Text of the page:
I first took a class in differential equations at a local community college while I was a junior in high school. I helped one of my classmates improve his understanding of the material over the second half of the semester. At the California Institute of Technology, I learned about more techniques, both numerical and analytic, used to solve various types of differential equations.

Discrete math is a broad term for the study of mathematical objects that are discrete (i.e. separate or countable) by nature. Examples include integers, graphs, sets, and sequences. I took a series of classes at Caltech in discrete math, which were some of the best classes I had there because they covered such a range of topics, including logic, combinatorics, and number theory. These topics permeate many of the subjects I've tutored.

Finite math is closely related to discrete math, in that both are subjects involving a wide variety of topics, such as matrix algebra, linear programming, and probability. The difference between them is that discrete math is a collection of topics involving discrete objects (integers, sets, graphs, etc), while finite math has to do with topics which don't involve infinity or infinitesimals (so no calculus topics). A lot of topics which could be considered components of finite math were part of the standard curriculum at Caltech, and afterwards worked their way into subjects I tutored.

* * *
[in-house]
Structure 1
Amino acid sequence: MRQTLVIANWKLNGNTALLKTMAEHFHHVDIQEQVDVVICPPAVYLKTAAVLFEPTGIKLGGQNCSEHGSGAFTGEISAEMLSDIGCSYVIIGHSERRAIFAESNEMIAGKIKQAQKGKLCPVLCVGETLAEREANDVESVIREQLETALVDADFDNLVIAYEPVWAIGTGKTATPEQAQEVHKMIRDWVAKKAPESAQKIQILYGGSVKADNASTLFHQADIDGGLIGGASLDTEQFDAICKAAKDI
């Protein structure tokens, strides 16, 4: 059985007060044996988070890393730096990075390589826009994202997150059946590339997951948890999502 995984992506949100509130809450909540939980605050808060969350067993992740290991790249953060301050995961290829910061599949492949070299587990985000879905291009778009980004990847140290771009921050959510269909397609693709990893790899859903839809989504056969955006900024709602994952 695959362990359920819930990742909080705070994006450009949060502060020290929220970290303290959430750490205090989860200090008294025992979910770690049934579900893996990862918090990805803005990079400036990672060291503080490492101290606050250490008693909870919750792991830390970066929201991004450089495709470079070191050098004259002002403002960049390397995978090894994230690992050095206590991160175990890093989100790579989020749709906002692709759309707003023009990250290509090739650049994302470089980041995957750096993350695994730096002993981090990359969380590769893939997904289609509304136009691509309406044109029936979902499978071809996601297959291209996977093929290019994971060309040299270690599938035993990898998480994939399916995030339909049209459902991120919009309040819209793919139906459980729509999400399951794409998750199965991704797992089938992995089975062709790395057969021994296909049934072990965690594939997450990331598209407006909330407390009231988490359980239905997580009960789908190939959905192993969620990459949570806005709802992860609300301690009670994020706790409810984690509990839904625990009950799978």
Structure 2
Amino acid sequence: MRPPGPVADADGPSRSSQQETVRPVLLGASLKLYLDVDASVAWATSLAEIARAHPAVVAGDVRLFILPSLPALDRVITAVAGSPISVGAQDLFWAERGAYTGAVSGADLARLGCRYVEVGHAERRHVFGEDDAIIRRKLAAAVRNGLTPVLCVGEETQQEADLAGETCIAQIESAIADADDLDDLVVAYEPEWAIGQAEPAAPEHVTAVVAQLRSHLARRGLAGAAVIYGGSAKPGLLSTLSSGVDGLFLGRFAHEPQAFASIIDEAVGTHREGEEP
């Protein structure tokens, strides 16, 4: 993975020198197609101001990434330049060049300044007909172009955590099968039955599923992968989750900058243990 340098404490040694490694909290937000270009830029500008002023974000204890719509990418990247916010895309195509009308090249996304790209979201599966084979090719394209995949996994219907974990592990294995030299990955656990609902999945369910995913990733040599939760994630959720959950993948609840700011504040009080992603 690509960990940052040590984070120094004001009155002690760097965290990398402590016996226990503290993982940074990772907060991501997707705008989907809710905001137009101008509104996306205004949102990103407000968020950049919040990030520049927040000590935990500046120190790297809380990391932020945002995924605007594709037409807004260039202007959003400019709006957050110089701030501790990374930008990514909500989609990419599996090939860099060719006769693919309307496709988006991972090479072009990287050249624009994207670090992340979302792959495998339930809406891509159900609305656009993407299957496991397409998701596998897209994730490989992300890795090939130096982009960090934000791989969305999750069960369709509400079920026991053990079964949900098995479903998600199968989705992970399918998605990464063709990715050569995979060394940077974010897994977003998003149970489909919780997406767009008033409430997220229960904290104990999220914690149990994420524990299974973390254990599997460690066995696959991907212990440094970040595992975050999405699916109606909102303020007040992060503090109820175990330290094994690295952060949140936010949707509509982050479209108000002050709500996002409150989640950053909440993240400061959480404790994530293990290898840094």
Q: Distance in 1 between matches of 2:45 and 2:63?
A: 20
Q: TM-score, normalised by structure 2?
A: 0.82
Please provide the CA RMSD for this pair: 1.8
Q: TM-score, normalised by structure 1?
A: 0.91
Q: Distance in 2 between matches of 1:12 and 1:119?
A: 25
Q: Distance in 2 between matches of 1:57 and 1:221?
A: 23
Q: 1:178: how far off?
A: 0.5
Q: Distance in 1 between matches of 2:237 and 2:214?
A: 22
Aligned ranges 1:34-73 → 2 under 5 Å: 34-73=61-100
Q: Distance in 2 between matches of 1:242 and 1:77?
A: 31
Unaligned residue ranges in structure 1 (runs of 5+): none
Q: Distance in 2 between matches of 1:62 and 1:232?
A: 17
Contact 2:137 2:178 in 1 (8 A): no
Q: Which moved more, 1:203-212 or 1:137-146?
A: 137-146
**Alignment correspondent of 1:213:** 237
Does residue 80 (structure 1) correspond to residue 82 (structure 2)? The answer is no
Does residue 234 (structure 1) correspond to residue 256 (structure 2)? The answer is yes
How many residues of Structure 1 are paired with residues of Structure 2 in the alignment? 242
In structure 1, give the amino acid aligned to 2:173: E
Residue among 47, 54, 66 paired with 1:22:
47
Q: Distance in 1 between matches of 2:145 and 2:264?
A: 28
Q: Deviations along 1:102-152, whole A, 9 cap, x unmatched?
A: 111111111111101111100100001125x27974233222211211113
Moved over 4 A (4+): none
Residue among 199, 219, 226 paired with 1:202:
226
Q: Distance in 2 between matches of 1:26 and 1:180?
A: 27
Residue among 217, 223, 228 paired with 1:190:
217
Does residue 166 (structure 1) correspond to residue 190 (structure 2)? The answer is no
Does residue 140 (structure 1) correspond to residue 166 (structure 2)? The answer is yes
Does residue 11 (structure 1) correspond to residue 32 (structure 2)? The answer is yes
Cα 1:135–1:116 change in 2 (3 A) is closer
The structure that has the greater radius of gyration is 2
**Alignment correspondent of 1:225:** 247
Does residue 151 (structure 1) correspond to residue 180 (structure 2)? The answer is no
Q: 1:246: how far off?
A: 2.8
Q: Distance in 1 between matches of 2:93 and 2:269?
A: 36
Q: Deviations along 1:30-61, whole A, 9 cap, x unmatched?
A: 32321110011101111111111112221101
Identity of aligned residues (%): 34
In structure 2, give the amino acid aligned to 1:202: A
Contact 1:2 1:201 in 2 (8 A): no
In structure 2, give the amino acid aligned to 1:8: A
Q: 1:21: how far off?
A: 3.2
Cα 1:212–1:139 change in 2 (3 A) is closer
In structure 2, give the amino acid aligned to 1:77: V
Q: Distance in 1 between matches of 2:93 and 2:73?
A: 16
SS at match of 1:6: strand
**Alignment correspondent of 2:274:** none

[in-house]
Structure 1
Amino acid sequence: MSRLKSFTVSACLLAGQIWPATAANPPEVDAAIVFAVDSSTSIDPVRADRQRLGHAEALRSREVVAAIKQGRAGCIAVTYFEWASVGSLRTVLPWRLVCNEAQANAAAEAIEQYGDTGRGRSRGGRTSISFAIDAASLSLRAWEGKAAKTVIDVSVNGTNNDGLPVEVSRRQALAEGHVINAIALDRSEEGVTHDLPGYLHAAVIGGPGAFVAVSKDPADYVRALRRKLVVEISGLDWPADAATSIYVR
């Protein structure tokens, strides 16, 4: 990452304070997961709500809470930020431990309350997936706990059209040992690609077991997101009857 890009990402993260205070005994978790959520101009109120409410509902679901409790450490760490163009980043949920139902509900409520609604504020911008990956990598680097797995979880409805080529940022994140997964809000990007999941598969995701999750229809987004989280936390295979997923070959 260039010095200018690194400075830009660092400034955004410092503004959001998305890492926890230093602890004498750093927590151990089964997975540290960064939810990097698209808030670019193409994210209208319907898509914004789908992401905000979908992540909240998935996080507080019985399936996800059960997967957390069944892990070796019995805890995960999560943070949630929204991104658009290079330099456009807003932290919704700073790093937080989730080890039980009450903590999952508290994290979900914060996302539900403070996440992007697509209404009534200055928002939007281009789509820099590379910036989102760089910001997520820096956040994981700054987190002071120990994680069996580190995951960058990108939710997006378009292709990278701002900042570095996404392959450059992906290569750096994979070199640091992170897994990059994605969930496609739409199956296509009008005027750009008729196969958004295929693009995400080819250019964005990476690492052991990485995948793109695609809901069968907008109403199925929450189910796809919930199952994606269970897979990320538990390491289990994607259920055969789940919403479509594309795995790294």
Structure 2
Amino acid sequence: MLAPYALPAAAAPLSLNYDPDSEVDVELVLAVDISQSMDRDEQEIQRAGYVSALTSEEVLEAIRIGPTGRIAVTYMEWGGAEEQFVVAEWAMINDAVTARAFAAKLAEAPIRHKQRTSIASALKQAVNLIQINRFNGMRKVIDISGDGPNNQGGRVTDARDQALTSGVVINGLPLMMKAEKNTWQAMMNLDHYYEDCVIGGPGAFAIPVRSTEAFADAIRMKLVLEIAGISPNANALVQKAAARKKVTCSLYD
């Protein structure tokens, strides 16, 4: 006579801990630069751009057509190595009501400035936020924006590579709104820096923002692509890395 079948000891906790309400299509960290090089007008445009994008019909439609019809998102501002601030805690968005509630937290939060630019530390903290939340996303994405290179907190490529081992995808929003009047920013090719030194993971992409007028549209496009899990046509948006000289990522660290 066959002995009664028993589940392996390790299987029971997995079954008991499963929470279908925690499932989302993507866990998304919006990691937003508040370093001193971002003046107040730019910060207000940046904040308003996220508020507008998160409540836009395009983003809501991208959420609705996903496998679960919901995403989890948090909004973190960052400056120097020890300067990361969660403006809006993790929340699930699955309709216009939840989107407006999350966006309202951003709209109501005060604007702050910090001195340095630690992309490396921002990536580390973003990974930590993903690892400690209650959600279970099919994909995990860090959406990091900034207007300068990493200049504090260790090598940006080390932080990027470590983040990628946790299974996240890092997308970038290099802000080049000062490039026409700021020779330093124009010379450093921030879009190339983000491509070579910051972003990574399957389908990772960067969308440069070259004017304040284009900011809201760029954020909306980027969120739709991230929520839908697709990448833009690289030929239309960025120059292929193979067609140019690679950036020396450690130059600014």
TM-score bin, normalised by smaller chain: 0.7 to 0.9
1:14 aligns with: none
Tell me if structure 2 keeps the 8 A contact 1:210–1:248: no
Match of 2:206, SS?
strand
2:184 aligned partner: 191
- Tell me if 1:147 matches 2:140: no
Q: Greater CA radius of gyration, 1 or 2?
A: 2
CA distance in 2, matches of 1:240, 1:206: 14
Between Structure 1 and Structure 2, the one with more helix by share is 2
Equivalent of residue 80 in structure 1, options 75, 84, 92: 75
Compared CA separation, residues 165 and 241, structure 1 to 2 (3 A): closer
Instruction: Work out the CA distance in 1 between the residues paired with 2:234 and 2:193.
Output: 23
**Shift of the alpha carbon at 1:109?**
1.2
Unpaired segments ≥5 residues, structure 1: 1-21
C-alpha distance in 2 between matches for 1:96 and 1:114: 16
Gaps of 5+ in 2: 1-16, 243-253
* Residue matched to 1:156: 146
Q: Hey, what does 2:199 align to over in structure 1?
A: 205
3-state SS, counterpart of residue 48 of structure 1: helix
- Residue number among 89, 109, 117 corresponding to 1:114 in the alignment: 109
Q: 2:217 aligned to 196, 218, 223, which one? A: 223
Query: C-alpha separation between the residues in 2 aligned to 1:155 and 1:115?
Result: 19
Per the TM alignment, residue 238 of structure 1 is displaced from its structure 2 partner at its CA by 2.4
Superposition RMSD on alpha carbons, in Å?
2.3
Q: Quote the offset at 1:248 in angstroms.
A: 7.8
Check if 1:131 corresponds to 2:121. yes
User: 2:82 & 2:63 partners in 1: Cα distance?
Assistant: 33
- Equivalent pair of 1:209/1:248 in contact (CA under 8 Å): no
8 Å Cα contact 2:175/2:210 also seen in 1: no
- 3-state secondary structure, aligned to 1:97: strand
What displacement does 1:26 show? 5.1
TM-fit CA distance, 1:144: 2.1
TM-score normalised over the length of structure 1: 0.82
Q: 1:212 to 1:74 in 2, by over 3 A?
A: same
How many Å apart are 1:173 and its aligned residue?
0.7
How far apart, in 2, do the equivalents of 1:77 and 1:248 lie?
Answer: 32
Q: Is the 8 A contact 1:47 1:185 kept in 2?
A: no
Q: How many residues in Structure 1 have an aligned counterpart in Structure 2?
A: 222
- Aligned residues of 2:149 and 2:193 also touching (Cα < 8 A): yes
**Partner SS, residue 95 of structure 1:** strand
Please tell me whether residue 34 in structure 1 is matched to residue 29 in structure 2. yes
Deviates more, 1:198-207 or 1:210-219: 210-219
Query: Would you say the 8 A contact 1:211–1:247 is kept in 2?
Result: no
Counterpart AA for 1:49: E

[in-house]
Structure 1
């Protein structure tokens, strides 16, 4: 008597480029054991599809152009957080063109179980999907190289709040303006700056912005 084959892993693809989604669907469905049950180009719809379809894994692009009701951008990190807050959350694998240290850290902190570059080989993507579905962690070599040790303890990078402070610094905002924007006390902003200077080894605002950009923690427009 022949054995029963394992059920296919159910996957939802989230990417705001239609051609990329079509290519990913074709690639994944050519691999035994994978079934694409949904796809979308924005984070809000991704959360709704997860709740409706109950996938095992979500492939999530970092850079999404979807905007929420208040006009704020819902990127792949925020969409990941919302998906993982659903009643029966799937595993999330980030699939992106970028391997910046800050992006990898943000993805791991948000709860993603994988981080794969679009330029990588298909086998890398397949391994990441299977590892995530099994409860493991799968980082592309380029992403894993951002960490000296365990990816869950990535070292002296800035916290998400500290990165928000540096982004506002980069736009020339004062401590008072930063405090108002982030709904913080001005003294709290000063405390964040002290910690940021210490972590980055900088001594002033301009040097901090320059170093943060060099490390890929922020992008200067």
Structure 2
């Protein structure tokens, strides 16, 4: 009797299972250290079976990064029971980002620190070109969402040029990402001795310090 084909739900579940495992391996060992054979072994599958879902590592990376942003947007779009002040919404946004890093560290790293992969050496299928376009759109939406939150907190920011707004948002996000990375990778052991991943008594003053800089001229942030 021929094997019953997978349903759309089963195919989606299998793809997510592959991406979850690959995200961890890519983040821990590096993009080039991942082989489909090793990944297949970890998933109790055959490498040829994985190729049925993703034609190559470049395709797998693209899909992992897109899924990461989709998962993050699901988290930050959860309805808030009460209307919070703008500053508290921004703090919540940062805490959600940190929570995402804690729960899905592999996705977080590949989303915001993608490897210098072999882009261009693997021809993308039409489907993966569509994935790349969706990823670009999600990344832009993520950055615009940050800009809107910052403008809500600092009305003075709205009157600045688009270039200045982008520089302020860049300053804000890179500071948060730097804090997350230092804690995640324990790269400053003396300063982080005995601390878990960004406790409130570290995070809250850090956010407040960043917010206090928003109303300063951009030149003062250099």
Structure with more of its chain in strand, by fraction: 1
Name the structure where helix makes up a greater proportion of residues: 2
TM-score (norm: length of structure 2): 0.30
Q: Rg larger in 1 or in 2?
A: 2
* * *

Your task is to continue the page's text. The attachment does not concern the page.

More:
Many students I've worked with have been of the opinion that Geometry is primarily about the mathematics of shapes and figures (triangles, quadrilaterals, polyhedra, sets of intersecting lines, and so on). I believe the more valuable concepts in Geometry have to do with logical, proof-based reasoning skills, as these can be applied to other subjects as well. Being able to start with a set of given facts and theorems, and use them to prove or disprove a given hypothesis, is useful not only in theoretical domains, but everyday life as well. This was the theme of the Geometry class I had in 8th grade, and it served me well when I got to the more rigorous and proof-based classes at Caltech.

The class in differential equations that I took while I was a junior in high school included a component of linear algebra, and showed the intricate connection between the two subjects. This component of linear algebra, as it pertained to solving differential equations, was part of what I helped my first student with. One of my classes at Caltech was solely dedicated to the study of linear algebra, as a more theoretical concept. However, topics in linear algebra such as vector spaces and matrix manipulation applied themselves in a more concrete way to many of my other classes there.

I first had a formal logic class in high school, which focused more on the language aspect of logic than the mathematical side of it. As part of the series of classes I took in discrete math at Caltech, there was an entire term dedicated to the math of logic, how to manipulate syllogisms, relationships, and other kinds of logical statements with mathematical precision. This in turn helped me tutor proof-based subjects such as geometry.

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Patient and Flexible Caltech Math Tutor